In All the Wind in the World it’s different. Sarah Jac has the death of her little sister that weighs on her. She has this feeling that she’s going to mess everything up regarding her relationship with her boyfriend James. She also has this very real need to make money to do what she wants to do. That kind of hems her in also. I like to explore all these layers that are constricting girls. Sometimes they can break through, and sometimes they’re thwarted. Sometimes they can subvert things, and sometimes they need help from other people.

Was it difficult to reconcile the moments of violence in the book with your lyrical style?

I don’t necessarily mind that my writing is described as lyrical, but I try to be as un-purple as I can be. I try to be very specific with—almost obsessive about—word choice and diction and sentence structure. So a violent scene can be very crisply clear, as far as what’s happening. That almost made the descriptions easier. I didn’t want to make it sound lovely; I just wanted to make it sound correct.

You mentioned that you teach writing and Latino literature. What are some of your favorite books to share with students?

I teach composition I and II, not necessarily a lot of creative writing. For Latino lit, I teach out of The Norton Anthology of Latino Literature. There has to be a balance between the things I like and the things that strike students. I love teaching sections of The Devil’s Highway by Luis Alberto Urrea. It’s set in a part of Arizona where migrants make the dangerous crossing from Mexico into the United States. I also teach sections of Bless Me, Ultima by Rudolfo Anaya and the first chapter of The Brief Wondrous Life of Oscar Wao by Junot Díaz. And I teach another early chapter from When I Was Puerto Rican by Esmeralda Santiago.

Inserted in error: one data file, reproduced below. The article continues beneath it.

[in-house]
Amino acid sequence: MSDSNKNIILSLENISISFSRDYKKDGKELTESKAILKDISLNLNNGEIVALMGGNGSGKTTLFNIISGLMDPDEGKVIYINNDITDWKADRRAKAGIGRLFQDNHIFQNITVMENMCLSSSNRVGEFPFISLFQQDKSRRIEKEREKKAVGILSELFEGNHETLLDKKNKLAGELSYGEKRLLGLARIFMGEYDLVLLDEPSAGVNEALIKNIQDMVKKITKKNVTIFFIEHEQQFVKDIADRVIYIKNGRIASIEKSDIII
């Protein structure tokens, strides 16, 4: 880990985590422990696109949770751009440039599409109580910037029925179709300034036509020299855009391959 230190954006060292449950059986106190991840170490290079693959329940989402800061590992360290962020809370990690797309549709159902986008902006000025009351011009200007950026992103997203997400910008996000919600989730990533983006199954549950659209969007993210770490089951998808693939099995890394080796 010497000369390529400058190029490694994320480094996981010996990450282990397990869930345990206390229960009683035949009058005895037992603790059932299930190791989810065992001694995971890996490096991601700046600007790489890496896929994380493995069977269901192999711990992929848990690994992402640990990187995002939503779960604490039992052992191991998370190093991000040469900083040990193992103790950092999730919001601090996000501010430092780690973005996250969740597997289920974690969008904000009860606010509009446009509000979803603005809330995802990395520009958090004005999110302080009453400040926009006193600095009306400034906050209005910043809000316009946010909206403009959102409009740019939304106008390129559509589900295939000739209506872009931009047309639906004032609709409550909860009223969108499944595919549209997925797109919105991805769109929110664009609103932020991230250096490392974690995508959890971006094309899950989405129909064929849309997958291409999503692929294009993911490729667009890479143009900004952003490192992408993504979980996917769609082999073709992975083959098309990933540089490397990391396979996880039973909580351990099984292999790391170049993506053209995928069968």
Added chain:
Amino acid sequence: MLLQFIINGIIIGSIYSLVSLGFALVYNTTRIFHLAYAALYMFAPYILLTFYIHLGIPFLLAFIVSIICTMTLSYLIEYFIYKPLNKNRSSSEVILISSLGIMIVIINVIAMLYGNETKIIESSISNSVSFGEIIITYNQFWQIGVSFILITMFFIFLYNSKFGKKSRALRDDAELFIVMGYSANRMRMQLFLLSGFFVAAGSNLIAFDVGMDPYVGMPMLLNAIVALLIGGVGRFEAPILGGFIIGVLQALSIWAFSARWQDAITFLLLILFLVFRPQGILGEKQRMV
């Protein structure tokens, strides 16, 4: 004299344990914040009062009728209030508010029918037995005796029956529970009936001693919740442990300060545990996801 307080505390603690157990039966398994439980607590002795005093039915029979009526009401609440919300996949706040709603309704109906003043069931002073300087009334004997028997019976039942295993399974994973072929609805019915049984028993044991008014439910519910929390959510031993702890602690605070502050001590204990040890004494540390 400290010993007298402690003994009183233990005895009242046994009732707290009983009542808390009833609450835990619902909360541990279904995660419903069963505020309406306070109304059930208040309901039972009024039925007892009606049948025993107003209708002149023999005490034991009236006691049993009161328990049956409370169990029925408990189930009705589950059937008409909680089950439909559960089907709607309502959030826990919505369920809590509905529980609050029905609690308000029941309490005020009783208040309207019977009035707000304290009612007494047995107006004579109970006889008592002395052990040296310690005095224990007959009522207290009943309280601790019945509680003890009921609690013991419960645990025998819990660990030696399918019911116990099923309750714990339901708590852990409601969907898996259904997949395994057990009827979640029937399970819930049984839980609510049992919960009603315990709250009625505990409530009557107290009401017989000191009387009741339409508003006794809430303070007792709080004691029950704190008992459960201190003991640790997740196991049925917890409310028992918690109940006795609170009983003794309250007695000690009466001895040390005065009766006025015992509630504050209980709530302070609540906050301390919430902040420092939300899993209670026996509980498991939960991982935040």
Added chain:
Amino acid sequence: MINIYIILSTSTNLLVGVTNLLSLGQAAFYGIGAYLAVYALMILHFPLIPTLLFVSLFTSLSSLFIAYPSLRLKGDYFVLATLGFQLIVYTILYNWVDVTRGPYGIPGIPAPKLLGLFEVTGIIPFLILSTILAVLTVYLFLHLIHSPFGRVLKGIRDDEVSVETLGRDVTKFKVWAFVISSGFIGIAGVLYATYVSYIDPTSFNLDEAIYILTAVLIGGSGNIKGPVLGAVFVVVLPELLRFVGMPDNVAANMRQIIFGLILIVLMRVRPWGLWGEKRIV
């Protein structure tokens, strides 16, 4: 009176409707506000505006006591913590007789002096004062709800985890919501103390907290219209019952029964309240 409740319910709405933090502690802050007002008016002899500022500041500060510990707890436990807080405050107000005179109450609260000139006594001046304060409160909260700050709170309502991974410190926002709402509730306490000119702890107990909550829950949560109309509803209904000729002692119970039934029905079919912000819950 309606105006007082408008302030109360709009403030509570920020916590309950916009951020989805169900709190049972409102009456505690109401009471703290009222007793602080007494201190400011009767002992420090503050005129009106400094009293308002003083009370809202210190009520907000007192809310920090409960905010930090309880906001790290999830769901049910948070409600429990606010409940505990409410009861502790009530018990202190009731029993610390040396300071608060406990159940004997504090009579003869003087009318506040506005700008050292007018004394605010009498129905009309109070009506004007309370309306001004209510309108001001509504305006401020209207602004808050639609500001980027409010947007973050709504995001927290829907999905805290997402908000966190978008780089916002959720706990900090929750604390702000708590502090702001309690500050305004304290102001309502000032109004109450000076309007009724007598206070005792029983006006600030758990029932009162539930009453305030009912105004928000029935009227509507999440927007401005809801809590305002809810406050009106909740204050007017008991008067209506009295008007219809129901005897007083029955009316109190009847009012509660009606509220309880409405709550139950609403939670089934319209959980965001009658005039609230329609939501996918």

Are there any books that particularly resonated with your class?

Sometimes I don’t know what they will love. They really liked a section of How the García Girls Lost Their Accents [by Julia Alvarez]. I teach community college, and the demographic is mostly Hispanic students, about 85–90%. They related to the idea of their parents wanting them to be “American” but also wanting them to retain parts of their culture. These expectations may seem contradictory, and the students related to that.

What advice do you give beginning writers?